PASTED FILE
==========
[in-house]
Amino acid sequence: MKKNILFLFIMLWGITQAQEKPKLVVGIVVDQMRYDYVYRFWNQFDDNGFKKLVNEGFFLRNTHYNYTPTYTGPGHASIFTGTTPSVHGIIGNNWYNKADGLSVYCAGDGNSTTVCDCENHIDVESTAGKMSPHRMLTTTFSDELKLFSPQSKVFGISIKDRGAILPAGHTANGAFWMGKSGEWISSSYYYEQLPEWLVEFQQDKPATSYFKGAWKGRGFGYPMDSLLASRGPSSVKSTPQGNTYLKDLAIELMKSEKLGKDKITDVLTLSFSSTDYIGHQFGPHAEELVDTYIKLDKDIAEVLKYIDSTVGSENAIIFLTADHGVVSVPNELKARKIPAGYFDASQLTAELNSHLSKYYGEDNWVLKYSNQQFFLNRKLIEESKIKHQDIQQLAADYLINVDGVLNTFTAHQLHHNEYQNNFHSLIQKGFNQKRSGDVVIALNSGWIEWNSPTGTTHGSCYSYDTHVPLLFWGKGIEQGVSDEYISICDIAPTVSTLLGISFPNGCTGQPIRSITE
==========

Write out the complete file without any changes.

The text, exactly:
[in-house]
Amino acid sequence: MKKNILFLFIMLWGITQAQEKPKLVVGIVVDQMRYDYVYRFWNQFDDNGFKKLVNEGFFLRNTHYNYTPTYTGPGHASIFTGTTPSVHGIIGNNWYNKADGLSVYCAGDGNSTTVCDCENHIDVESTAGKMSPHRMLTTTFSDELKLFSPQSKVFGISIKDRGAILPAGHTANGAFWMGKSGEWISSSYYYEQLPEWLVEFQQDKPATSYFKGAWKGRGFGYPMDSLLASRGPSSVKSTPQGNTYLKDLAIELMKSEKLGKDKITDVLTLSFSSTDYIGHQFGPHAEELVDTYIKLDKDIAEVLKYIDSTVGSENAIIFLTADHGVVSVPNELKARKIPAGYFDASQLTAELNSHLSKYYGEDNWVLKYSNQQFFLNRKLIEESKIKHQDIQQLAADYLINVDGVLNTFTAHQLHHNEYQNNFHSLIQKGFNQKRSGDVVIALNSGWIEWNSPTGTTHGSCYSYDTHVPLLFWGKGIEQGVSDEYISICDIAPTVSTLLGISFPNGCTGQPIRSITE